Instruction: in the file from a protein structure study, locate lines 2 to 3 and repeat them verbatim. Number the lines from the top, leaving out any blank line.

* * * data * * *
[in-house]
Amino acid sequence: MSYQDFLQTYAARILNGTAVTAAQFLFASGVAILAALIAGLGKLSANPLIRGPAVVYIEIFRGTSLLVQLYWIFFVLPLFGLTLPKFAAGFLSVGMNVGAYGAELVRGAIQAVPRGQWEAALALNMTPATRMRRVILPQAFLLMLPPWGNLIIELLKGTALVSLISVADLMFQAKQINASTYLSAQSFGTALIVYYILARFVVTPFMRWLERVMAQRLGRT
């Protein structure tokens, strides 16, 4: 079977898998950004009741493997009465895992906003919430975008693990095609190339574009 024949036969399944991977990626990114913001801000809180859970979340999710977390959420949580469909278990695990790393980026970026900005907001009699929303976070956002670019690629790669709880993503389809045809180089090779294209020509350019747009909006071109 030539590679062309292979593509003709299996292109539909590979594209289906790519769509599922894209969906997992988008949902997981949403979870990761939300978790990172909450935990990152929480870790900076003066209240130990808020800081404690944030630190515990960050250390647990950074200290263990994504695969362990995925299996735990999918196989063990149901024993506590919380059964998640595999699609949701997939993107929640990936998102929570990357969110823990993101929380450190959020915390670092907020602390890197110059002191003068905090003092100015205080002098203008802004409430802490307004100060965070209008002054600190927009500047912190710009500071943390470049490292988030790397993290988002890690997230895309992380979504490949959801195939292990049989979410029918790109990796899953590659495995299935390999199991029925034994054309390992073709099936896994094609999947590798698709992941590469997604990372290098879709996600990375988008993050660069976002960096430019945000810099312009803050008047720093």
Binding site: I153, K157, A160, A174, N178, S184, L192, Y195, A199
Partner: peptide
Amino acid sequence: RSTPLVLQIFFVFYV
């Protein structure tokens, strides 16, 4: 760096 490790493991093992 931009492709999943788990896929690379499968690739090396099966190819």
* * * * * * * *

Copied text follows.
Amino acid sequence: MSYQDFLQTYAARILNGTAVTAAQFLFASGVAILAALIAGLGKLSANPLIRGPAVVYIEIFRGTSLLVQLYWIFFVLPLFGLTLPKFAAGFLSVGMNVGAYGAELVRGAIQAVPRGQWEAALALNMTPATRMRRVILPQAFLLMLPPWGNLIIELLKGTALVSLISVADLMFQAKQINASTYLSAQSFGTALIVYYILARFVVTPFMRWLERVMAQRLGRT
């Protein structure tokens, strides 16, 4: 079977898998950004009741493997009465895992906003919430975008693990095609190339574009 024949036969399944991977990626990114913001801000809180859970979340999710977390959420949580469909278990695990790393980026970026900005907001009699929303976070956002670019690629790669709880993503389809045809180089090779294209020509350019747009909006071109 030539590679062309292979593509003709299996292109539909590979594209289906790519769509599922894209969906997992988008949902997981949403979870990761939300978790990172909450935990990152929480870790900076003066209240130990808020800081404690944030630190515990960050250390647990950074200290263990994504695969362990995925299996735990999918196989063990149901024993506590919380059964998640595999699609949701997939993107929640990936998102929570990357969110823990993101929380450190959020915390670092907020602390890197110059002191003068905090003092100015205080002098203008802004409430802490307004100060965070209008002054600190927009500047912190710009500071943390470049490292988030790397993290988002890690997230895309992380979504490949959801195939292990049989979410029918790109990796899953590659495995299935390999199991029925034994054309390992073709099936896994094609999947590798698709992941590469997604990372290098879709996600990375988008993050660069976002960096430019945000810099312009803050008047720093």